Thursday, 18 September 2014

24 things it's perfectly acceptable to do

one : watching Love Actually outside of the festive season. Even in the height of the summer, when it's so hot you can't sleep, a dose of Richard Curtis' festive finest can go a long way.

two : checking inside your wardrobe for baddies and nasties when home alone, and never really considering what you would do if someone was there.

three : actually, checking inside your wardrobe for Narnia is perfectly acceptable too.

four : wasting away hours dreaming of what you would do in precise detail if you won the lottery jackpot.

five : and then feeling a little disappointed, when you don't.

six : going to bed before ten o'clock. Even on a Saturday.

seven : be scared of at home waxing kits. Or waxing full stop.

eight : to only eat at Pizza Express when you have a voucher. And no other times.

nine : to eat sandwiches. They will not kill you.

ten : ditto, pasta.

eleven : accepting that there will always be a part of you, that would rather eat a bar of chocolate, and have love handles, then starve yourself and be a size eight.

twelve : arranging a perfect shot for an Instagram, only for life outside the border to be an array of chaos and havoc.

thirteen : to reread Harry Potter for the twentieth time and wonder how different life might be if you had been accepted into Hogwarts.

fourteen : putting your pajamas on as soon as you get home. Even if they are your Christmas pajams, complete with polka dot Father Christmas' and reindeers.

fifteen : preferring to stay in on a Friday rather than going out. Friday night, is Gogglebox night.

sixteen : hating having to use up your moisturiser when you have a brand new, and shiny one just waiting to be used.

seventeen : going to the second layer of the chocolate box, even if the first layer is not finished. After all, who really likes the orange ones?

eighteen : to put off washing your hair for one more day. After all, isn't that what dry shampoo was invented for?

nineteen : to not really understand dry shampoo.

twenty : to watch back to back episodes of Don't Tell The Bride, Come Dine with Me, Four Weddings, Four in the Bed and Say Yes To The Dress.

twenty one : to miss the old school Smarties tubes, and the plastic lid with the letter on.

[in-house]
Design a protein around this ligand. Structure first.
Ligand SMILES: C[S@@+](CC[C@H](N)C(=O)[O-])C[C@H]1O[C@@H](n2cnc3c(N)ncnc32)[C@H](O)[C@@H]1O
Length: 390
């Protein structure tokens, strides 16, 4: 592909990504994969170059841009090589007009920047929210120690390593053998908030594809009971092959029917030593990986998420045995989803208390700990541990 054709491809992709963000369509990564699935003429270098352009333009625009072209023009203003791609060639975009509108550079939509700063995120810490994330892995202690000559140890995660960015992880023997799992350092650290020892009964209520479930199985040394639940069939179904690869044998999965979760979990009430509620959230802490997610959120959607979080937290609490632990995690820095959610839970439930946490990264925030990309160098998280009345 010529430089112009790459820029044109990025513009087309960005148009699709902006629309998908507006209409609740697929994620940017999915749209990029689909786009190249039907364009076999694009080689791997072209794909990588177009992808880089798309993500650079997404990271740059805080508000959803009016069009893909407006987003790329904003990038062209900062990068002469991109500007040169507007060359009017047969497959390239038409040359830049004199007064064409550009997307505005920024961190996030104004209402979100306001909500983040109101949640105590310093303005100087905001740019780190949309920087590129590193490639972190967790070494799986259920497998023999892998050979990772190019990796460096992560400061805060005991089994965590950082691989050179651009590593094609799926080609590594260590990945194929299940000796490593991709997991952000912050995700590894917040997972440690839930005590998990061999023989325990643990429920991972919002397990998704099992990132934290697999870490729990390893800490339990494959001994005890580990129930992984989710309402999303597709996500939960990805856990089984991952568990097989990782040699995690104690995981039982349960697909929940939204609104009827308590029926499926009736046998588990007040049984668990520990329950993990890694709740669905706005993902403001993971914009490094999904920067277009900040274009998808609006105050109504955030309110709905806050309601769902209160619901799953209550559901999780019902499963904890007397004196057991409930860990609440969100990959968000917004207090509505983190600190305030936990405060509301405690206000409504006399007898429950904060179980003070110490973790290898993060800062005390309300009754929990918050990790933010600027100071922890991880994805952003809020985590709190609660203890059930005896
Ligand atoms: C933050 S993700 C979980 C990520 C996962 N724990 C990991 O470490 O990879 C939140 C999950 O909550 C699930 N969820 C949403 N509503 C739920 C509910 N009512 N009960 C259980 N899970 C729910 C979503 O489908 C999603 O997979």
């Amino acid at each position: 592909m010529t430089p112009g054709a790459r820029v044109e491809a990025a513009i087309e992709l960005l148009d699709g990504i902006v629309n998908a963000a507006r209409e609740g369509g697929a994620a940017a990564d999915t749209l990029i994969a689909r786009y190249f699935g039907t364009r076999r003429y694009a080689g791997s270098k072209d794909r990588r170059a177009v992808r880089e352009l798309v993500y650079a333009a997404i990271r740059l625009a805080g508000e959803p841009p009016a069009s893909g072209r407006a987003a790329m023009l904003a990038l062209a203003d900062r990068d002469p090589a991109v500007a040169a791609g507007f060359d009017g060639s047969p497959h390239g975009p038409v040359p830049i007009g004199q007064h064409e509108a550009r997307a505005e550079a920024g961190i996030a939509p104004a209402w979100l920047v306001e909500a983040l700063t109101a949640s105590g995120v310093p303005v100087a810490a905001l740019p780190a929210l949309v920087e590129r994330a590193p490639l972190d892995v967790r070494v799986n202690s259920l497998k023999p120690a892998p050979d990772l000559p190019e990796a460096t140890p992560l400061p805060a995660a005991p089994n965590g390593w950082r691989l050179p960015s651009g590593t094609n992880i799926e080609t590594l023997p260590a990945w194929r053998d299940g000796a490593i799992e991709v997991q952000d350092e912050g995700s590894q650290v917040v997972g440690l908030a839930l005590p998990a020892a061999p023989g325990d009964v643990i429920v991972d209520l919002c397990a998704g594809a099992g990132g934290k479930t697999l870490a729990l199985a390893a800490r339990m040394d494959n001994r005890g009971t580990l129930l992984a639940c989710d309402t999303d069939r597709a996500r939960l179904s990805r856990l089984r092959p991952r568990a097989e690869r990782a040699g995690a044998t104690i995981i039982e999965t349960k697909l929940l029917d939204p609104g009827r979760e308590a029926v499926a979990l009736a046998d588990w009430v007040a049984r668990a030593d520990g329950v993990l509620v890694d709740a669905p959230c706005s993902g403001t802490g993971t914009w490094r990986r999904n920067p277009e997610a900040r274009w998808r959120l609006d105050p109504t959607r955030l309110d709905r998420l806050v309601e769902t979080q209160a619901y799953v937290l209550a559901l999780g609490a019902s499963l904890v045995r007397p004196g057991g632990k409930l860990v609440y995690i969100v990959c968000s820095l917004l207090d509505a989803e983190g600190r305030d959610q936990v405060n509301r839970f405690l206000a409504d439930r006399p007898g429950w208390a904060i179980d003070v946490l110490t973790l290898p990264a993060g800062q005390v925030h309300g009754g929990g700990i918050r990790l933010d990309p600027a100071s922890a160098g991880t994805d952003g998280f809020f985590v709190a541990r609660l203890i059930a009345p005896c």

twenty two : to worry that your latest witty Facebook status might not get any likes. And being relieved when the first one comes in.

twenty three : to say no.

twenty four : to think the glug, glug, glug of a new bottle of wine is the bees knees.

Monday, 15 September 2014

{autumn} wardrobe

Is there anything better than an autumn wardrobe? I think the short answer is, "no". The long answer is as follows: no, of course not. What is better than not having to wear summery dresses everyday, waste hours, well maybe not hours, shaving your legs, only eating salads because you can't hide under layers and layers? Well, my friends, let me tell you. Nothing. Or to be more accurate, oversized jumpers, an abundance of tartan, boucle coats and a cosy pair of boots. After all, that is the perfect uniform for traipsing through piles of leaves and just generally being in the autumn.

one : Mango crepe blouse {link} If I was writing for a weekend paper magazine, I would encourage you all to buy a white blouse as part of your capsule wardrobe. But I'm not, and I don't necessarily believe in capsule wardrobes. After all, variety is the spice of life. Nonetheless, a simple white blouse really deserves a place in wardrobe. And the wonderful thing about white blouses is that they're not just for autumn.

two : Moto Jaime Black Jeans {link} The black Jaime jeans are the jeans of jeans. That's all.

three : Uniqlo flannel shirt {link} Autumn wouldn't be autumn without a spot of a checked shirt - they are practically an autumn essential. I love the colours of the Uniqlo shirt and is something that you can wear year after year after year.

four : M&S boucle cocoon coat {link} Everyone's favourite, M&S, has bought out a wonderful range of coats just in time for the cooler weather. The green boucle coat is perfect for keeping warm during autumn and the colour is pretty sensational.

five : H&M oversized jumper {link} a daily essential for hiding a slightly rounder tummy from too many stews, hunks of bread and glasses of red wine. Autumn wouldn't be autumn without an oversized knit, and teamed with some skinny jeans, life is good.

six : River Island tartan scarf {link} when it comes to tartan scarves, I think it's a case of the bigger the better. Plus, they double up as handy blankets when things get a little chilly.

seven : Nine West riding boots {link} As soon as it's cool enough, off go the ballet flats and on go the riding boots and don't come off until Spring. The Nine West version are such a beautiful style and would be worn for a long time to come.

Thursday, 11 September 2014

{autumn} to do list